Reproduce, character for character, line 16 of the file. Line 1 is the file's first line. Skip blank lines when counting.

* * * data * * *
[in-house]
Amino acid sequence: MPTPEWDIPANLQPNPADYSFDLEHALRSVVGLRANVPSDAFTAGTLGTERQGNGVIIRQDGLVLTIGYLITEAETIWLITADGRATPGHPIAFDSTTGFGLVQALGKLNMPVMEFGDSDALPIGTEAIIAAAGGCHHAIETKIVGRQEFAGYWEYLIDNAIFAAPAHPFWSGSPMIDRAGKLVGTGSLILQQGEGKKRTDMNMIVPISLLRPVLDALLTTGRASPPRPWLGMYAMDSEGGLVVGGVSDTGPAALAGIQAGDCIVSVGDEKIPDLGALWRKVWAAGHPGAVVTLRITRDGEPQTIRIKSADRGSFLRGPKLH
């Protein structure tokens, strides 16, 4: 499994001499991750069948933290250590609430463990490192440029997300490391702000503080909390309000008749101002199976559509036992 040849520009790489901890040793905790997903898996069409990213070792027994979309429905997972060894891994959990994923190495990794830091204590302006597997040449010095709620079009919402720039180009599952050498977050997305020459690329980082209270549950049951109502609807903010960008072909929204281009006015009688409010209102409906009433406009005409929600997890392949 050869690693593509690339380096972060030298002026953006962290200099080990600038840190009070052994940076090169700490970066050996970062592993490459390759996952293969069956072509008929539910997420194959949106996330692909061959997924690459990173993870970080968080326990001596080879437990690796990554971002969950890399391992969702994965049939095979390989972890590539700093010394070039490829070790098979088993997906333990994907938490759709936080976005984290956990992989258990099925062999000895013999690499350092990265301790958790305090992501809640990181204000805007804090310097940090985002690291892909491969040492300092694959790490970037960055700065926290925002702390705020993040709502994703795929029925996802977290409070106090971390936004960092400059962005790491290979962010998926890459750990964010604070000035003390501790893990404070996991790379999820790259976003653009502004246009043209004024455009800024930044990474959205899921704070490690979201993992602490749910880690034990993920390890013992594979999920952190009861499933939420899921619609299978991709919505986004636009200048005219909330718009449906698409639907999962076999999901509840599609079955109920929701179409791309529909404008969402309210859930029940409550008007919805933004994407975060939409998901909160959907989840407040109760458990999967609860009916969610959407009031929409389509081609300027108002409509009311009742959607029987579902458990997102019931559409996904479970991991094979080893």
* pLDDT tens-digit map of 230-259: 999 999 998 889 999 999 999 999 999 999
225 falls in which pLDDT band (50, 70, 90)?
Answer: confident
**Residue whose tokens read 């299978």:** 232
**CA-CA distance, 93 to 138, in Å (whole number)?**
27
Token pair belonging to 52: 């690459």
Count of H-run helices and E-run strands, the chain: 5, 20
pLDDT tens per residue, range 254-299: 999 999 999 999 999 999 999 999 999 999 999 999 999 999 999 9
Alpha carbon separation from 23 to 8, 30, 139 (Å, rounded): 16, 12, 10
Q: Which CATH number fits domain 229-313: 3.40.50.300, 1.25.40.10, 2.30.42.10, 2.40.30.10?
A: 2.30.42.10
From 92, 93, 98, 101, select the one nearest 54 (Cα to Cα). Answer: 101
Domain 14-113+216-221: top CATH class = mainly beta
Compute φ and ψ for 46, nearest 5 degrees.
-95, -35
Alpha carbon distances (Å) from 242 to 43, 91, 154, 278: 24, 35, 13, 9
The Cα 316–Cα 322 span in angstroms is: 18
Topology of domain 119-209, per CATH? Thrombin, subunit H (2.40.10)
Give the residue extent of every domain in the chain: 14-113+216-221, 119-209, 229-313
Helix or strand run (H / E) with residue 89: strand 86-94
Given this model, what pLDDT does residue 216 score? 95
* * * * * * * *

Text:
From 92, 93, 98, 101, select the one nearest 54 (Cα to Cα). Answer: 101